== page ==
Pay Me Now or Pay Me Later – Hiring Mistakes that Are Simple to Avoid

In my work I see four mistakes made in HR strategies and tactics over and over again:

  • Hiring too fast
  • Firing too slow
  • No follow through
  • Meet people where they to take them where you want to go

1. Hiring too fast – not having the discipline and forethought to go through some sort of structured process (any structured process) when hiring people. Hiring the wrong person cost the company 5 to 15 times their annual salary. Yes that much. No, your gut is wrong. When you start using a process you’ll figure out how wrong.

Besides paying the wrong person to do work that’s not getting done, there’s the impact to others, your time, the lost opportunities of everybody affected, how it affects your clients and customers, etc.

If you’re in a rush hiring somebody, just remember how much it’s going to cost you later. Pay me now or pay me later.

2. Firing too slow – if they’re the wrong person, they’re the wrong person. Get them out as fast as you can and move on. Yes, sometimes employees with the right behaviours (character, attitude, whatever you want to call it) can be coached, mentored, or transferred into a position that lets them play to their strengths everyday, but only in some cases. Set a six month deadline, then follow through.

(p.s. the most common behaviour you need to interview for? The ability to play well with others. )

3. No follow through – you’ve hired the best person available for the job, and they show up bright, shiny, and eager for their first day of work. This is exciting!

Oops, no desk, no computer, no introductions, no face time with you because you’re too busy putting out the fire-of-the-day? No follow-up, no one-on-one face time with the boss, no performance reviews (except one a year because the company says you have to).

Guess what, Mrs. (or Mr.) Manager: Your Most Important Job is Managing Your People. That means hiring the right people, firing the wrong ones, and give them the feedback, tools, and coaching they need to do their jobs to the best of their ability while you remove obstacles for them. Spend your time doing that, and they can take care of the fire-of-the-day for you. Happy, productive people doing your work. If you can manage that (pun intended) somebody might even promote you.

4. Meet people where they are, take them to where you want to go – This one is a little less intuitive, so I’ll use a metaphor. Imagine you’re running a company, and the (admitted hypothetical) goal is for everybody in the company to run a marathon. Maybe you’re a running shoe company, and this is a great way to promote your brand, get intimate with your customers, network with potential new hires, whatever.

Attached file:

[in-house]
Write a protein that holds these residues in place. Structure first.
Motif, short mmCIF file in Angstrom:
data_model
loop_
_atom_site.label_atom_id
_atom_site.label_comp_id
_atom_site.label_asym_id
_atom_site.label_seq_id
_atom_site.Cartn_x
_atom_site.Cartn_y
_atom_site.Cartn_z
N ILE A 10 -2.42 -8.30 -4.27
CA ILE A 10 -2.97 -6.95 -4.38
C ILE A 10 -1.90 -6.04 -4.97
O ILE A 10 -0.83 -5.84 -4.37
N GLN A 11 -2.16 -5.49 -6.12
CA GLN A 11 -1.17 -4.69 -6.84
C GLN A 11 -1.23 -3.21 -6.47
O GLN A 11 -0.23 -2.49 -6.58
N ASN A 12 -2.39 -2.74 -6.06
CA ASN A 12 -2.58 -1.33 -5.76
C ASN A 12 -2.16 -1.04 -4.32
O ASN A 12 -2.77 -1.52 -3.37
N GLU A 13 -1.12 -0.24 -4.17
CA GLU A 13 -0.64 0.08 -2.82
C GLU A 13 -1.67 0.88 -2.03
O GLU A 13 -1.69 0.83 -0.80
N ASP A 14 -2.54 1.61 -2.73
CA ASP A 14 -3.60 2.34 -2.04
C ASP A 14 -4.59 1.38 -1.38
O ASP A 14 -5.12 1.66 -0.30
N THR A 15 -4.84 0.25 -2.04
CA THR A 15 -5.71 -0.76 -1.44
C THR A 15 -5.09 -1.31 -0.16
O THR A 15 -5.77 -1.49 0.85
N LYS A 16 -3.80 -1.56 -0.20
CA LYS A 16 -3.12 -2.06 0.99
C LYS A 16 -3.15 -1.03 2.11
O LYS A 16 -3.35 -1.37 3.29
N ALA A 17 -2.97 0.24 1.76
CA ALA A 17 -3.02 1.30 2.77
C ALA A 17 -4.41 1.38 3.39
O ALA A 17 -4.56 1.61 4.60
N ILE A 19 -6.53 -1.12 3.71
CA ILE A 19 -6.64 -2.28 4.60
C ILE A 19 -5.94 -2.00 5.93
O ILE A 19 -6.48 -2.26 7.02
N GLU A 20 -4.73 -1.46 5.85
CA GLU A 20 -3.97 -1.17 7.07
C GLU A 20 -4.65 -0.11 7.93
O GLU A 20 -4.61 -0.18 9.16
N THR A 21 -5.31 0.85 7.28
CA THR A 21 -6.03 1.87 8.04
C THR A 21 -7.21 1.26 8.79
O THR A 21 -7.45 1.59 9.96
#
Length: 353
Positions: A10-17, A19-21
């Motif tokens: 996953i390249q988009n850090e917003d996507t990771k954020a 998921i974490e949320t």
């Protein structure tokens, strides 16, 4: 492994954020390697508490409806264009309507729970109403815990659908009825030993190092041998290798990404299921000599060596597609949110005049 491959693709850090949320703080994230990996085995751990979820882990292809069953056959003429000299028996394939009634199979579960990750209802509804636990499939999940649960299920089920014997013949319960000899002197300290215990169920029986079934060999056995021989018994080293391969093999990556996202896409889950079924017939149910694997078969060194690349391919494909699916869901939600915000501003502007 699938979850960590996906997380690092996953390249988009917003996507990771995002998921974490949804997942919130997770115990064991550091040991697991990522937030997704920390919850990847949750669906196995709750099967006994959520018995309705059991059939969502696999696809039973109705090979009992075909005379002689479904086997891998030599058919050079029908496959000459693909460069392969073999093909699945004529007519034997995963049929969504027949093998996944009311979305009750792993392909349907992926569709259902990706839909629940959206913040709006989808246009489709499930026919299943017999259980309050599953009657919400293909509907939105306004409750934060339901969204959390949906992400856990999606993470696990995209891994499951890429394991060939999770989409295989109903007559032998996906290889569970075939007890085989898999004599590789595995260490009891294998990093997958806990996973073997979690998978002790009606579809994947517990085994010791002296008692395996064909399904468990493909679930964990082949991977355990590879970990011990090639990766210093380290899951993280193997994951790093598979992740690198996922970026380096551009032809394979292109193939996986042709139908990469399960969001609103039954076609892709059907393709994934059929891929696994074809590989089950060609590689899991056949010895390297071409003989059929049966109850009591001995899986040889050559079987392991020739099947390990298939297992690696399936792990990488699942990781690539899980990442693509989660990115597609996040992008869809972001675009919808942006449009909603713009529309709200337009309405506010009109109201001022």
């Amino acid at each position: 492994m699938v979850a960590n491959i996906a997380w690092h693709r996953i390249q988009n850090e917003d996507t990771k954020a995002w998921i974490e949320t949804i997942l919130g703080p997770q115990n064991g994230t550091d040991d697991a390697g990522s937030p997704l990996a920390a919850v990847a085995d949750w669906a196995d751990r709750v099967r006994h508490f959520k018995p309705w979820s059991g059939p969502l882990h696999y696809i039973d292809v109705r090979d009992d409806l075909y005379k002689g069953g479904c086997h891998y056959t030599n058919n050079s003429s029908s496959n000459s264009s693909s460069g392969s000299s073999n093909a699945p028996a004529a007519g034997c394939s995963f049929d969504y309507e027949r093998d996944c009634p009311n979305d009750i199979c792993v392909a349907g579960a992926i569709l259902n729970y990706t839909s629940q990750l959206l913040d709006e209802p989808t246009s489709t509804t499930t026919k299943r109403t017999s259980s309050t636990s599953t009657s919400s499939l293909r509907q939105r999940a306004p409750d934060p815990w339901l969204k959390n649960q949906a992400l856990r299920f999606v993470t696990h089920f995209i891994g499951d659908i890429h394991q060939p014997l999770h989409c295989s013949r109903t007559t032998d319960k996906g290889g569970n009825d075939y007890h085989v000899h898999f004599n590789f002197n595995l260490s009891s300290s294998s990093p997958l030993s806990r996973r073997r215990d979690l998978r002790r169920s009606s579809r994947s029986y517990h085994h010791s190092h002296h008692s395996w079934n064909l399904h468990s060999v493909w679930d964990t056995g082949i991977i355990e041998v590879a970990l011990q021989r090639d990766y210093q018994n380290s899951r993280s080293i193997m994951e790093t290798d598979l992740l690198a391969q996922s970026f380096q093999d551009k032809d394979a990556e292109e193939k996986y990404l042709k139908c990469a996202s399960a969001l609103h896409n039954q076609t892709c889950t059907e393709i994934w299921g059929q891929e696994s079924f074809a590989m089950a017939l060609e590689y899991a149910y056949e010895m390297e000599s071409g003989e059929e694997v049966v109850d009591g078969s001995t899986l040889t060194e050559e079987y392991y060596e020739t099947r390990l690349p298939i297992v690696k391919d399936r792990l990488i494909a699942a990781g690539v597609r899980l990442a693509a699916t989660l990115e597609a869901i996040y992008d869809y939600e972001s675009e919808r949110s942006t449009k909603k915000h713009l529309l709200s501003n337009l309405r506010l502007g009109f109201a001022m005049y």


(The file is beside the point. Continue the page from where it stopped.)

So, you send out an e-mail telling everybody where and when the marathon is. You’ve arranged for media coverage, registrations, and even maybe some prizes for the highest performing employees. All set, right?

Crossing the finish line yourself, you think to yourself what a great event! We’re really going to see some great results from this. Here’s the problem, Mrs. (or Mr. Leader): Not only did you leave most of your people heaving their guts out halfway through the course. Some of them are still tying on their running shoes at the start line. A couple of them couldn’t arrange a ride, and there’s two guys having one last cigarette trying to figure out why the hell they had to get up early on a Saturday morning anyway.  Don’t forget the folks that got lost on the way to the race, because they’re still on the clock too.

Your job is to make sure as many people cross the finish line with you. Not to make sure you cross the finish line first. That’s just your ego talking.  Meet people where they are to take them where you need them to go. That’s real leadership.

[This rant inspired by HBR’s How to Prevent Hiring Disasters]

Advertisements

Leave a Reply

Fill in your details below or click an icon to log in:

WordPress.com Logo

You are commenting using your WordPress.com account. Log Out / Change )

Twitter picture

You are commenting using your Twitter account. Log Out / Change )

Facebook photo

You are commenting using your Facebook account. Log Out / Change )

Google+ photo

You are commenting using your Google+ account. Log Out / Change )

Connecting to %s